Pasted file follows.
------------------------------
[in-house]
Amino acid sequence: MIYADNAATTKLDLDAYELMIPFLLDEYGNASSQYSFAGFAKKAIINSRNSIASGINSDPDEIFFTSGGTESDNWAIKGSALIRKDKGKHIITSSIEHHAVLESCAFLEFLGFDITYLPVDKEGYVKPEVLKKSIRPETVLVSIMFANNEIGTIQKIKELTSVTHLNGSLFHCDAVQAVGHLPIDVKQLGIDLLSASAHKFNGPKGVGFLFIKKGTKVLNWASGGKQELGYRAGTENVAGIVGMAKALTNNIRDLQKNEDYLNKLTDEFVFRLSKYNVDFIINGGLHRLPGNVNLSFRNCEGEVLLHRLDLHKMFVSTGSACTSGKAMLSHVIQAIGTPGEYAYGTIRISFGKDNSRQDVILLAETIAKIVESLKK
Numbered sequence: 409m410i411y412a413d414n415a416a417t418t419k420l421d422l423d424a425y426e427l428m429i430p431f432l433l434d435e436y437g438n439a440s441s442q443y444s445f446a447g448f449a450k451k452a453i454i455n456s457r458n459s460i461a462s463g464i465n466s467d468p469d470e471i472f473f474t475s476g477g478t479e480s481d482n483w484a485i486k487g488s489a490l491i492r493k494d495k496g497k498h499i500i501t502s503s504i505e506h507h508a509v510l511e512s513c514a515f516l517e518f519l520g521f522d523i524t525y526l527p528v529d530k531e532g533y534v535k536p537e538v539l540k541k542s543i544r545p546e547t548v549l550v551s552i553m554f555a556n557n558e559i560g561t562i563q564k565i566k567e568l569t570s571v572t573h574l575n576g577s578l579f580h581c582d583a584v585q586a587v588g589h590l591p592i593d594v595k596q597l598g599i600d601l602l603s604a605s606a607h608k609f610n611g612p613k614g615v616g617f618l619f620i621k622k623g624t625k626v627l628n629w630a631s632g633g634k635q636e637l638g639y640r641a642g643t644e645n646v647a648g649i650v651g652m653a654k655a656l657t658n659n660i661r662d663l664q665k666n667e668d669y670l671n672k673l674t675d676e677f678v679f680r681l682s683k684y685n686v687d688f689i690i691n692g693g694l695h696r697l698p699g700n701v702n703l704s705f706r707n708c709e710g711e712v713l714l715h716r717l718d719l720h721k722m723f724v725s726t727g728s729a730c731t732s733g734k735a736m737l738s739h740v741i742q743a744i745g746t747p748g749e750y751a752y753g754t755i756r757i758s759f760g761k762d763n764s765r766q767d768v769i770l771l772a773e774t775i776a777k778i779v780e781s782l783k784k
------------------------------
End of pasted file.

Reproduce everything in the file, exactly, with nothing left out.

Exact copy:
[in-house]
Amino acid sequence: MIYADNAATTKLDLDAYELMIPFLLDEYGNASSQYSFAGFAKKAIINSRNSIASGINSDPDEIFFTSGGTESDNWAIKGSALIRKDKGKHIITSSIEHHAVLESCAFLEFLGFDITYLPVDKEGYVKPEVLKKSIRPETVLVSIMFANNEIGTIQKIKELTSVTHLNGSLFHCDAVQAVGHLPIDVKQLGIDLLSASAHKFNGPKGVGFLFIKKGTKVLNWASGGKQELGYRAGTENVAGIVGMAKALTNNIRDLQKNEDYLNKLTDEFVFRLSKYNVDFIINGGLHRLPGNVNLSFRNCEGEVLLHRLDLHKMFVSTGSACTSGKAMLSHVIQAIGTPGEYAYGTIRISFGKDNSRQDVILLAETIAKIVESLKK
Numbered sequence: 409m410i411y412a413d414n415a416a417t418t419k420l421d422l423d424a425y426e427l428m429i430p431f432l433l434d435e436y437g438n439a440s441s442q443y444s445f446a447g448f449a450k451k452a453i454i455n456s457r458n459s460i461a462s463g464i465n466s467d468p469d470e471i472f473f474t475s476g477g478t479e480s481d482n483w484a485i486k487g488s489a490l491i492r493k494d495k496g497k498h499i500i501t502s503s504i505e506h507h508a509v510l511e512s513c514a515f516l517e518f519l520g521f522d523i524t525y526l527p528v529d530k531e532g533y534v535k536p537e538v539l540k541k542s543i544r545p546e547t548v549l550v551s552i553m554f555a556n557n558e559i560g561t562i563q564k565i566k567e568l569t570s571v572t573h574l575n576g577s578l579f580h581c582d583a584v585q586a587v588g589h590l591p592i593d594v595k596q597l598g599i600d601l602l603s604a605s606a607h608k609f610n611g612p613k614g615v616g617f618l619f620i621k622k623g624t625k626v627l628n629w630a631s632g633g634k635q636e637l638g639y640r641a642g643t644e645n646v647a648g649i650v651g652m653a654k655a656l657t658n659n660i661r662d663l664q665k666n667e668d669y670l671n672k673l674t675d676e677f678v679f680r681l682s683k684y685n686v687d688f689i690i691n692g693g694l695h696r697l698p699g700n701v702n703l704s705f706r707n708c709e710g711e712v713l714l715h716r717l718d719l720h721k722m723f724v725s726t727g728s729a730c731t732s733g734k735a736m737l738s739h740v741i742q743a744i745g746t747p748g749e750y751a752y753g754t755i756r757i758s759f760g761k762d763n764s765r766q767d768v769i770l771l772a773e774t775i776a777k778i779v780e781s782l783k784k